The City Council approved the Grand Street downzoning yesterday, despite a last-minute opposition campaign mounted by a group of small-scale Williamsburg landowners.
The proposal to limit building heights to 4-6 stories was pushed through in less than a year to stop construction of two high-rise residential buildings designed by the neighborhood’s most ubiquitous architect, Karl Fischer.
While the downzoning will affect 250 properties in the neighborhood and cost $400 million, according to the new group calling themselves the Grand Home and Business Owners’ Organization, not all Williamsburg developers are against the move.
David Maundrell, the owner of Aptsandlofts.com, a brokerage representing over 100 properties in Williamsburg/Greenpoint, will open his condo in the rezoned area at 275 South Fisher on May 1.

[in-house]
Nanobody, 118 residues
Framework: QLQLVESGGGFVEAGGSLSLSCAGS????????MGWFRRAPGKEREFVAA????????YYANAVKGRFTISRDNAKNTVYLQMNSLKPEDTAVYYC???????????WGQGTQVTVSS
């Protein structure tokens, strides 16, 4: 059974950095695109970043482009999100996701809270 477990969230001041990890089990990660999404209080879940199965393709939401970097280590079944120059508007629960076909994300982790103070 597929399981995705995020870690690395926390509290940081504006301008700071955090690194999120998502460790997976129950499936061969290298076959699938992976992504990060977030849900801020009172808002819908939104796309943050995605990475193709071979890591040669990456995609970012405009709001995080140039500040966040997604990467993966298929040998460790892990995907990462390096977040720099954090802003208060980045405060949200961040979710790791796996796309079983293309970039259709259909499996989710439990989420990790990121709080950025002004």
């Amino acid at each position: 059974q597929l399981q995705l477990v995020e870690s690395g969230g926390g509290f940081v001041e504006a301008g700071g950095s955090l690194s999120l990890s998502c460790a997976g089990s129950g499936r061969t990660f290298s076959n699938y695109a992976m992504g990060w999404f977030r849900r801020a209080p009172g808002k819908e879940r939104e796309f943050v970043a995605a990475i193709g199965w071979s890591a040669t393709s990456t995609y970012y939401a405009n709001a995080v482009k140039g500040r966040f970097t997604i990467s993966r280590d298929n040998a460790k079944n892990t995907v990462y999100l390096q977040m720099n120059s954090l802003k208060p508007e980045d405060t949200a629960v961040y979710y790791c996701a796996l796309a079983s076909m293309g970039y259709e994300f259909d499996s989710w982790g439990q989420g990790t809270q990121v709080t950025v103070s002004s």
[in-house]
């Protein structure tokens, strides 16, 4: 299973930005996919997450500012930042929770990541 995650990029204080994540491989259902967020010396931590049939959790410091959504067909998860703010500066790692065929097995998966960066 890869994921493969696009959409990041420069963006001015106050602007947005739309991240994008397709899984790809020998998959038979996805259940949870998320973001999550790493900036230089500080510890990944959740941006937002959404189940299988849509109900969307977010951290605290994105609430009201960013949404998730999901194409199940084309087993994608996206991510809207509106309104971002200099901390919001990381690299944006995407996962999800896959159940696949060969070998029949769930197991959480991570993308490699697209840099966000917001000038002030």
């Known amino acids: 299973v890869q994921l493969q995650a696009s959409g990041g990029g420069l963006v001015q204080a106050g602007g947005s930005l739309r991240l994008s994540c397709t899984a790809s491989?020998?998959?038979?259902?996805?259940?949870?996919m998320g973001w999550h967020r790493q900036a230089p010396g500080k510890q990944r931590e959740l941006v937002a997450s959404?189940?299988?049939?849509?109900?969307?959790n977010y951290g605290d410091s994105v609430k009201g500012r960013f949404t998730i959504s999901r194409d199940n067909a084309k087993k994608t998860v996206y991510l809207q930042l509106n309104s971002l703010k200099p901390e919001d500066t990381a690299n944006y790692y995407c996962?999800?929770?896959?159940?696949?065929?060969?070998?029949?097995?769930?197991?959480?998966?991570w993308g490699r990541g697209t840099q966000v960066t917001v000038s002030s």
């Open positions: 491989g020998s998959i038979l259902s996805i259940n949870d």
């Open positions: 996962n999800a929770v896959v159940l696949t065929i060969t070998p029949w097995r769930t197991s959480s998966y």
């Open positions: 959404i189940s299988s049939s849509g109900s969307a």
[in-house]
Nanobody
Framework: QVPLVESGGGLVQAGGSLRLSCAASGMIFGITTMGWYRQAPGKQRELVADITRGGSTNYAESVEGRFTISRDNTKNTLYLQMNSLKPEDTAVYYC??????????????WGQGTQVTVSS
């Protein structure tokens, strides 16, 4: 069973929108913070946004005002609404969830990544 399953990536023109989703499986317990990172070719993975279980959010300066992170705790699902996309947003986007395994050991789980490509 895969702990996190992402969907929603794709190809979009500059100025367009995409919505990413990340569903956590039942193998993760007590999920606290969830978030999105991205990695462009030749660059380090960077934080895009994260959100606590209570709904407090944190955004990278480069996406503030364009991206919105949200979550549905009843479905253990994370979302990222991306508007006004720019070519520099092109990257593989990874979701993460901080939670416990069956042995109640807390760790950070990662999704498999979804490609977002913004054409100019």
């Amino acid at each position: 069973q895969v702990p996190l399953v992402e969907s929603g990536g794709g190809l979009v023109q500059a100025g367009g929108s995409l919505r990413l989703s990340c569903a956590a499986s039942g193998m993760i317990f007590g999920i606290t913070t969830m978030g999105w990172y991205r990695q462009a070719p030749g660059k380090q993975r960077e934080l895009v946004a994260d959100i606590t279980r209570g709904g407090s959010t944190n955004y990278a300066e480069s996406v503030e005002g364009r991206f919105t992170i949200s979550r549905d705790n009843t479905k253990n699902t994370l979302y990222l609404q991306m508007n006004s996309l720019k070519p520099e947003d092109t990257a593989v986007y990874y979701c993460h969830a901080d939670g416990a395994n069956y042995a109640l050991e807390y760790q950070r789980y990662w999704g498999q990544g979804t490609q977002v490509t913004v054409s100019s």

“My project will probably benefit from the downzoning because there will only be two or three buildings as tall in the area,” Mr. Maundrell said a couple of days before the City Council passed the new regulations.
“I understand the neighborhood’s position because most of the north side was rezoned to 70 feet, but there are developers who bought buildings and have development plans based on the current zoning. I don’t know why they didn’t rezone the whole neighborhood then.”
Ironically, the 15-story “Monster Tower” the downzoning was sped through to prevent also might not be affected. Curbed has been reporting a game of “beat the downzoning” at the Fischer site all week.
Construction crews have been working on demolition, excavation, and construction simultaneously to get the foundations down before the City Council vote—what Mr. Maundrell called “the drop dead date.”
The developers of the four luxury condos—two designed by Mr. Fischer—on Bayard Street, the block Curbed has dubbed “Karl Fischer Row,” managed to skirt Williamsburg’s most recent rezoning by laying the foundations before it was passed, allowing them to get grandfathered in.